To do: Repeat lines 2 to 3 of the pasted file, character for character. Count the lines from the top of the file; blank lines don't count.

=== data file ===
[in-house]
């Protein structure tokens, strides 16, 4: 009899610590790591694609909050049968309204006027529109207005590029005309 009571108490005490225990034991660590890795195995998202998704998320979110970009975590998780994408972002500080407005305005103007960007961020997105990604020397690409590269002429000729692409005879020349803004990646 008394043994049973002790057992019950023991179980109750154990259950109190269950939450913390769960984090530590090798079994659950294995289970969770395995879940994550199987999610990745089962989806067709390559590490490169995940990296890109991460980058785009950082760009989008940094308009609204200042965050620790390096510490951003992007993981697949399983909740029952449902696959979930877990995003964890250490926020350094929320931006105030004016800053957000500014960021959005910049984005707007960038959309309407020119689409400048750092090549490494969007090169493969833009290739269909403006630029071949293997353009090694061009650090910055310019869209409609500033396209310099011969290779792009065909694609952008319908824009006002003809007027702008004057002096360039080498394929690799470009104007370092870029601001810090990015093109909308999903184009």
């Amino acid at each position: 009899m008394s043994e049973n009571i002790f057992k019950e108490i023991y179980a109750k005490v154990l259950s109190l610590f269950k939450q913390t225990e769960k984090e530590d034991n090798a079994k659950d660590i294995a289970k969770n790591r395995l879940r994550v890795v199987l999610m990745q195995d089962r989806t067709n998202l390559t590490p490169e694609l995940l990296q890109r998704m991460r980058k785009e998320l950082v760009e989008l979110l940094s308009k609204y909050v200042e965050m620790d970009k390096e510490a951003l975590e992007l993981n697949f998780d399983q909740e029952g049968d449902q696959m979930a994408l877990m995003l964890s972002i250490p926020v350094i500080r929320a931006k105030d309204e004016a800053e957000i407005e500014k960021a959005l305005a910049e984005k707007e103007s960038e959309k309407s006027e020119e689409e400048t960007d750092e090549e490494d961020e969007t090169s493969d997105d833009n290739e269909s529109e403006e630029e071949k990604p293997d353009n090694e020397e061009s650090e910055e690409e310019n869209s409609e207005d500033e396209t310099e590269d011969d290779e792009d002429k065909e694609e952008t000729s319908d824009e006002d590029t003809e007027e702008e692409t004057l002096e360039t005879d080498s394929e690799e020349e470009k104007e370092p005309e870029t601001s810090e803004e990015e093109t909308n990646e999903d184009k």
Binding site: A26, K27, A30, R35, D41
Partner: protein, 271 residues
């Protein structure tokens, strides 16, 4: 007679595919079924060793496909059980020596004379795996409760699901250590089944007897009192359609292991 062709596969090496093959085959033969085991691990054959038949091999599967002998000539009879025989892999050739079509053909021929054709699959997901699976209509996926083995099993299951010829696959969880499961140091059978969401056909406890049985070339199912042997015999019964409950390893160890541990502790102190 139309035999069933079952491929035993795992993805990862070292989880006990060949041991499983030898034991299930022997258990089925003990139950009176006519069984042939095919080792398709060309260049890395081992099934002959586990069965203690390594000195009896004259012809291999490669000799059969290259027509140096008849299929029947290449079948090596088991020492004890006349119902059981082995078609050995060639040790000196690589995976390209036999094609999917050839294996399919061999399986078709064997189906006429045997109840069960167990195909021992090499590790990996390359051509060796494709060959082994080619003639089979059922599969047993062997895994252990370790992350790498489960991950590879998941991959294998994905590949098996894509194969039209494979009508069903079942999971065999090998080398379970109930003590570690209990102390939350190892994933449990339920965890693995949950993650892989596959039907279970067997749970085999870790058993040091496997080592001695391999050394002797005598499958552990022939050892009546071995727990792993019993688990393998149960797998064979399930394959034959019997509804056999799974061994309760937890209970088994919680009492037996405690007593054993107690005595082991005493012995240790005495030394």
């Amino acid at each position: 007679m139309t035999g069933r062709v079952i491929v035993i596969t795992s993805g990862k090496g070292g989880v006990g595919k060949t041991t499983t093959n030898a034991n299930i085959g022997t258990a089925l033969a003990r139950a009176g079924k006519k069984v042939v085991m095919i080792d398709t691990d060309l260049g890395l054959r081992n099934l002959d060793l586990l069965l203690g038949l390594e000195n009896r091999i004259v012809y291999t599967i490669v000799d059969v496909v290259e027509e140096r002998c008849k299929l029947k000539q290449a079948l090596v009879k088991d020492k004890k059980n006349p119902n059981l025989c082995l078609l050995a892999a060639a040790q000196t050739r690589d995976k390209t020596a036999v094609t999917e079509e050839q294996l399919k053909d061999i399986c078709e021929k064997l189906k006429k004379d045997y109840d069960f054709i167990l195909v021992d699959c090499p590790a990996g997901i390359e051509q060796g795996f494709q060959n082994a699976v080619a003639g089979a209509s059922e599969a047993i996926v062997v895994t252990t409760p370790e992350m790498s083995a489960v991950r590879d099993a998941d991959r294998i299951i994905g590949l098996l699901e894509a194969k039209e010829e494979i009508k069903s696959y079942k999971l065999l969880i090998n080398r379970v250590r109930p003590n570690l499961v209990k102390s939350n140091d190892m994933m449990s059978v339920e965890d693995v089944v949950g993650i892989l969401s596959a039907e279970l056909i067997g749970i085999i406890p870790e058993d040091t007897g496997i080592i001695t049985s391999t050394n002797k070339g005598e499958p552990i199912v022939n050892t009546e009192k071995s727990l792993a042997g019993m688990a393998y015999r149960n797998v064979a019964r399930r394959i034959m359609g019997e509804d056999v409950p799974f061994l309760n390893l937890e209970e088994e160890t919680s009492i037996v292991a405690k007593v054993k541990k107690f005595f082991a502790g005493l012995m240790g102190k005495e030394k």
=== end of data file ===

């Protein structure tokens, strides 16, 4: 009899610590790591694609909050049968309204006027529109207005590029005309 009571108490005490225990034991660590890795195995998202998704998320979110970009975590998780994408972002500080407005305005103007960007961020997105990604020397690409590269002429000729692409005879020349803004990646 008394043994049973002790057992019950023991179980109750154990259950109190269950939450913390769960984090530590090798079994659950294995289970969770395995879940994550199987999610990745089962989806067709390559590490490169995940990296890109991460980058785009950082760009989008940094308009609204200042965050620790390096510490951003992007993981697949399983909740029952449902696959979930877990995003964890250490926020350094929320931006105030004016800053957000500014960021959005910049984005707007960038959309309407020119689409400048750092090549490494969007090169493969833009290739269909403006630029071949293997353009090694061009650090910055310019869209409609500033396209310099011969290779792009065909694609952008319908824009006002003809007027702008004057002096360039080498394929690799470009104007370092870029601001810090990015093109909308999903184009």
């Amino acid at each position: 009899m008394s043994e049973n009571i002790f057992k019950e108490i023991y179980a109750k005490v154990l259950s109190l610590f269950k939450q913390t225990e769960k984090e530590d034991n090798a079994k659950d660590i294995a289970k969770n790591r395995l879940r994550v890795v199987l999610m990745q195995d089962r989806t067709n998202l390559t590490p490169e694609l995940l990296q890109r998704m991460r980058k785009e998320l950082v760009e989008l979110l940094s308009k609204y909050v200042e965050m620790d970009k390096e510490a951003l975590e992007l993981n697949f998780d399983q909740e029952g049968d449902q696959m979930a994408l877990m995003l964890s972002i250490p926020v350094i500080r929320a931006k105030d309204e004016a800053e957000i407005e500014k960021a959005l305005a910049e984005k707007e103007s960038e959309k309407s006027e020119e689409e400048t960007d750092e090549e490494d961020e969007t090169s493969d997105d833009n290739e269909s529109e403006e630029e071949k990604p293997d353009n090694e020397e061009s650090e910055e690409e310019n869209s409609e207005d500033e396209t310099e590269d011969d290779e792009d002429k065909e694609e952008t000729s319908d824009e006002d590029t003809e007027e702008e692409t004057l002096e360039t005879d080498s394929e690799e020349e470009k104007e370092p005309e870029t601001s810090e803004e990015e093109t909308n990646e999903d184009k």